Which Goat Is Right for You? - Modern Farmer

Which Goat Is Right for You?

All goats are great, which is the best goat for you?

The downy-eared petting zoo favorite is having its moment: Earlier this year a viral video of goats hollering in eerily human tones (“Goats Yelling Like Humans”) racked up millions of pageviews. In Japan, Amazon has even given goats-cum-lawnmowers their own employee ID cards to wear while they munch grass. And cities across the U.S. are relaxing regulations so urbanites can raise them. But before you rush out to the goat store, know this: These mischievous animals are escape artists who like to climb. Can’t find your goat? Check on top of the minivan.

Read on to find the goat of your dreams.



The large Saanen goats are the most productive dairy goat breed – one of them yields between 1 and 3 gallons of milk each day. (Unfortunately for fans of rich, soft goat cheeses, the butterfat content of Saanen milk is low, at the most 3 percent, similar to store-bought, low-fat milk.) Saanens have been domesticated for centuries, but will still have the occasional headbutting contest for dominance.



Remember Biosphere 2? Eight people locked themselves inside a closed ecological system in the Arizona desert for two years during the 1990s in a Noah’s Ark-style experiment – and they brought several African Pygmy goats with them. These goats were selected for their efficient rate of biomass conversion – their ability to change otherwise indigestible weeds and grasses into delicious milk and meat. When cabin fever set in at Biosphere 2, the humans feuded, but the Pygmies remained magnanimous.


Oberhasli, or Swiss Alpine goats, are a favorite among urban farmers for their small size, sweet milk and kind temperaments. The dogs of the goat world, they are quiet and companionable. But that doesn’t mean they won’t go on the lam. With powerful hind legs, Oberhasli can easily bound over a fence or to the top of a car, so it’s best to keep them behind a high barrier. And to avoid damage to family, property or other goats, it is common practice to “disbud” (remove the horns with a hot iron) soon after birth.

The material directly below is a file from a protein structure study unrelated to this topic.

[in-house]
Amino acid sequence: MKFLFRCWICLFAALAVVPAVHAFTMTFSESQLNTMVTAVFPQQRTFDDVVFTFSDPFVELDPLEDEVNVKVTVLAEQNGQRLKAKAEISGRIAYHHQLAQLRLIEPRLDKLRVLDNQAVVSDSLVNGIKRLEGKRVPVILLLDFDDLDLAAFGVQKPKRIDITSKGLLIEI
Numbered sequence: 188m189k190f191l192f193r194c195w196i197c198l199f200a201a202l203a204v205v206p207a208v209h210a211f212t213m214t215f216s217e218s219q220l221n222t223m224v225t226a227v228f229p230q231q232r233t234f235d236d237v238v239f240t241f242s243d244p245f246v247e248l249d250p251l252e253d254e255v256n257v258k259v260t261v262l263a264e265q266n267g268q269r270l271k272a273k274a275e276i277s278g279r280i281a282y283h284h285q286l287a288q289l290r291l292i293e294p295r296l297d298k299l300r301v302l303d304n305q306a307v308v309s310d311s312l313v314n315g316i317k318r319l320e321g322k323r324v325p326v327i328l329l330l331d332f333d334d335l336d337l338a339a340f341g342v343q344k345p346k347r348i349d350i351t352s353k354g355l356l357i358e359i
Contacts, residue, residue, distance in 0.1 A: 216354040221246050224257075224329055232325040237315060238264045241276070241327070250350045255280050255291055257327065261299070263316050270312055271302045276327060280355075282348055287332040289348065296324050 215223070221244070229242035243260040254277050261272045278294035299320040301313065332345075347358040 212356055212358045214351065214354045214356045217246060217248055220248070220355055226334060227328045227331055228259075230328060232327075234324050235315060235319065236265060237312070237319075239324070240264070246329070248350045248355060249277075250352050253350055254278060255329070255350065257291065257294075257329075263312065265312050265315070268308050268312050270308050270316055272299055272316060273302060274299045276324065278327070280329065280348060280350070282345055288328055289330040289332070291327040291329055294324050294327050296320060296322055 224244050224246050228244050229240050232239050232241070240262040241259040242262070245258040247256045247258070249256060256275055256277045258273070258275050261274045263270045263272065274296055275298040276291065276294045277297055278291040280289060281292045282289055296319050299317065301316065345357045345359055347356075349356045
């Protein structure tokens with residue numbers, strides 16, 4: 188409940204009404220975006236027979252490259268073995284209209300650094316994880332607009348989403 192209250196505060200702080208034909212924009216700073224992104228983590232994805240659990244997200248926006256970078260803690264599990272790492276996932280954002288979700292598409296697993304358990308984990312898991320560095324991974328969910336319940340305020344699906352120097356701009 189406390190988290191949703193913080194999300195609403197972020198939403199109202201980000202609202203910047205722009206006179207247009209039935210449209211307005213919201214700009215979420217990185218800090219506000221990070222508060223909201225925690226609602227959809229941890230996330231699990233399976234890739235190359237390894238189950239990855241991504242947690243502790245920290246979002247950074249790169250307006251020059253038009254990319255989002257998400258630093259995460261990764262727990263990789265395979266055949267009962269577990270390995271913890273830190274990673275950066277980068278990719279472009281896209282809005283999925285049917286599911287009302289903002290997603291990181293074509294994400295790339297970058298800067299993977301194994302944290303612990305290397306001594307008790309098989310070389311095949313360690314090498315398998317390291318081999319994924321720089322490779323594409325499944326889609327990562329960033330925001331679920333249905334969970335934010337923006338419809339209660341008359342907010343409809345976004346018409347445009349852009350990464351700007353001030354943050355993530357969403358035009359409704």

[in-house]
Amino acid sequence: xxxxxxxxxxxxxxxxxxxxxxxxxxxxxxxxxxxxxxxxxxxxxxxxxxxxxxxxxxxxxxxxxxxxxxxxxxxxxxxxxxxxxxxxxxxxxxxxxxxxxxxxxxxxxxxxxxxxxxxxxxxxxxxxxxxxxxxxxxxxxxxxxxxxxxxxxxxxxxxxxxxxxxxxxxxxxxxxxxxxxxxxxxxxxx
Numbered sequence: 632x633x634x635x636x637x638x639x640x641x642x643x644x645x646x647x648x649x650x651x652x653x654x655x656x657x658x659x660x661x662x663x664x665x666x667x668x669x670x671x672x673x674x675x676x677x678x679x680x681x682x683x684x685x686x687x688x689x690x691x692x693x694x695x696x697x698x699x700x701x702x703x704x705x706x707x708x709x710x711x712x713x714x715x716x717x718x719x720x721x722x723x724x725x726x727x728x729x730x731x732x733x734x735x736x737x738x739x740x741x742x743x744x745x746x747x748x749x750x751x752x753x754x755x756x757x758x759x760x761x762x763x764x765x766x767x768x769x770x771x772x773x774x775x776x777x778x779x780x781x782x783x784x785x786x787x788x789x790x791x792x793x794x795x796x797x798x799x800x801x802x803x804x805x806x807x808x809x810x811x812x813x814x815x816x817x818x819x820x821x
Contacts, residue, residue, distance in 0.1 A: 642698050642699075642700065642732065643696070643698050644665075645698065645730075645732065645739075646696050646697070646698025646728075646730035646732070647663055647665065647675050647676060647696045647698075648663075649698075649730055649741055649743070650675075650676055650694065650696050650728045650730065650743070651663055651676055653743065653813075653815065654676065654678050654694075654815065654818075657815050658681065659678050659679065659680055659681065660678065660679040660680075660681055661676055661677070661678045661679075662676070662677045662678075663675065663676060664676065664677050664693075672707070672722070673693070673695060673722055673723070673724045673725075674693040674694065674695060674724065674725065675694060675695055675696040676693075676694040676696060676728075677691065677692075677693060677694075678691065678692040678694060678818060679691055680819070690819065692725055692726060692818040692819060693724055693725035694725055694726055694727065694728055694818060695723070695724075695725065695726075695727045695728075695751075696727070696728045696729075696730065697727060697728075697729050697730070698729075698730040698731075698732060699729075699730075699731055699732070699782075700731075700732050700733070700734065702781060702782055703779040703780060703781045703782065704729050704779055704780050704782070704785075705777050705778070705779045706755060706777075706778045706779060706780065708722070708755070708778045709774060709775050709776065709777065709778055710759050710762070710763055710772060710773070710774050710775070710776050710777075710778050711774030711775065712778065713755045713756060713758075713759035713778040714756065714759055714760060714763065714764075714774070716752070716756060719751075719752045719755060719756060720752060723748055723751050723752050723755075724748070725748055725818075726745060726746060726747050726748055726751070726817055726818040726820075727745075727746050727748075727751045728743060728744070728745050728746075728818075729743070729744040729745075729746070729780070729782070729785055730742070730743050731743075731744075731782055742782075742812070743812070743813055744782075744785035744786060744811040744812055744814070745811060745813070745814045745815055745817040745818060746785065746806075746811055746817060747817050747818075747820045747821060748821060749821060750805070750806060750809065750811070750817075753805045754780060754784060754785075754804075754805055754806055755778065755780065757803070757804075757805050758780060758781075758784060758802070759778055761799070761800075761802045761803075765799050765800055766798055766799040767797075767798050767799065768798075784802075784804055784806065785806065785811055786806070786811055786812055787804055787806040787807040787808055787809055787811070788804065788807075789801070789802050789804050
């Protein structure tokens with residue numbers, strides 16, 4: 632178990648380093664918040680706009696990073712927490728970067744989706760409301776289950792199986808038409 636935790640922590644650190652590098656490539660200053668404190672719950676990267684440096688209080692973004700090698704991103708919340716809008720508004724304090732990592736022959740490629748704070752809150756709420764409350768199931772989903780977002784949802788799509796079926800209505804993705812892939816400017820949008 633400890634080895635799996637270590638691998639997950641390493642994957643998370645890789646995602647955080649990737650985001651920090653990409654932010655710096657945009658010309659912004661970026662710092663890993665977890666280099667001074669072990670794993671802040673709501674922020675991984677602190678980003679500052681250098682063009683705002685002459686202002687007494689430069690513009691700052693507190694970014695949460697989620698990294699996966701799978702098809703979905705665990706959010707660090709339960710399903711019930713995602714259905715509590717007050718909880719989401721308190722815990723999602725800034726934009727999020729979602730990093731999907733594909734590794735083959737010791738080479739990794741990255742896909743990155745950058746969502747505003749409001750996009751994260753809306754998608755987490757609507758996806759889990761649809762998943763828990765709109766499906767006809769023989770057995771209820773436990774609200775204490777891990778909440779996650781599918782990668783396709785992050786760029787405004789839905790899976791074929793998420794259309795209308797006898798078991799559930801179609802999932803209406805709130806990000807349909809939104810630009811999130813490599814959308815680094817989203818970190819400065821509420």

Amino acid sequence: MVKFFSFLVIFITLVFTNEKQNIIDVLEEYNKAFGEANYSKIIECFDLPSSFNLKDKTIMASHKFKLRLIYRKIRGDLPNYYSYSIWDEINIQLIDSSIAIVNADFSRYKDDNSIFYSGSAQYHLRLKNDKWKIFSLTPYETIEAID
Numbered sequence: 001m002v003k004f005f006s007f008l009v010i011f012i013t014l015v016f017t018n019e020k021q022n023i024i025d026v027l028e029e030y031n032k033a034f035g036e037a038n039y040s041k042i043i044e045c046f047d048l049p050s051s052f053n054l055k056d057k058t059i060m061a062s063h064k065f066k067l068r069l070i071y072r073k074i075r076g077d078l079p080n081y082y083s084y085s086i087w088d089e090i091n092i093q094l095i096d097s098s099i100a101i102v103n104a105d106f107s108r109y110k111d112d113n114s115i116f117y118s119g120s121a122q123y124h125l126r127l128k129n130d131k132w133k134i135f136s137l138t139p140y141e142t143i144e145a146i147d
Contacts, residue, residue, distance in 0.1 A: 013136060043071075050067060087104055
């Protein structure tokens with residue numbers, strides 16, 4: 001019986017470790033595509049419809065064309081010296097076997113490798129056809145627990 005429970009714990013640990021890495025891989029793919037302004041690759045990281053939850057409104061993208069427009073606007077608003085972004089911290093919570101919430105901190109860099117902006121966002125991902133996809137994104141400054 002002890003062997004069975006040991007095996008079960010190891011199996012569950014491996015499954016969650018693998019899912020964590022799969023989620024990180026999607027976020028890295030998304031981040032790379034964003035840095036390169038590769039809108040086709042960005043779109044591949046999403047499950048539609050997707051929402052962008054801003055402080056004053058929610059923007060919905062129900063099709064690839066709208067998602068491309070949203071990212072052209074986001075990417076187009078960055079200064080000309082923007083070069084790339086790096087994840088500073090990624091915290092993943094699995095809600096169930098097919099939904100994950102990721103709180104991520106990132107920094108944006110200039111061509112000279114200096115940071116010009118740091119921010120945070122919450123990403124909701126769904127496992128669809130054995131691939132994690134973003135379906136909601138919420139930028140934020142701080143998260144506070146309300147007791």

For a low-maintenance, high-fat milker, try an Anglo-Nubian. These quiet animals, once taught, will present themselves to be milked, according to the U.K.’s Anglo-Nubian Goat Society.


Elegant, silky-haired Pashmina goats have roamed the Tibetan plateau for thousands of years. During the cold, high-altitude winters, they grow a thick, downy fleece. When they molt in the springtime their wool is spun and woven into shawls, scarves and sweaters. Unfortunately for most of the world’s population, this goat is not easy to capture: It travels in wild herds in Mongolia, India and other parts of Asia.




Do you lack land but still want cheese and soap? Consider a sweet-natured Nigerian Dwarf, which is about half the size of a normal goat and on average produces just a few pints of milk per day. They can even be trained to walk on a leash.



As a farmer will tell you, goats aren’t raised for meat much because it takes them so long to “size up.” While a year-old Boer, at about 40 pounds, yields a good deal of meat, most goats need an extra season of grazing. Unlike other lean, athletic goats, Boer goats were originally bred in South Africa in the early 1900s specifically for meat production. Kids size up after a season and mature bucks can reach up to 300 pounds. Australia’s cultivation of Boers has made it the world’s No. 1 exporter of goat meat.



Want to impress your friends? Get an Arapawa. Arapawa Goat Breeders-USA claims the once-feral creatures, originally from New Zealand, came to America in 1994 and that only 15 owners are currently registered.

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3 years ago

My name is Zoe and I really enjoy your articles if you squint you could even say that I am an avid farmer myself.
Love You guys – Zoe Markle and the goats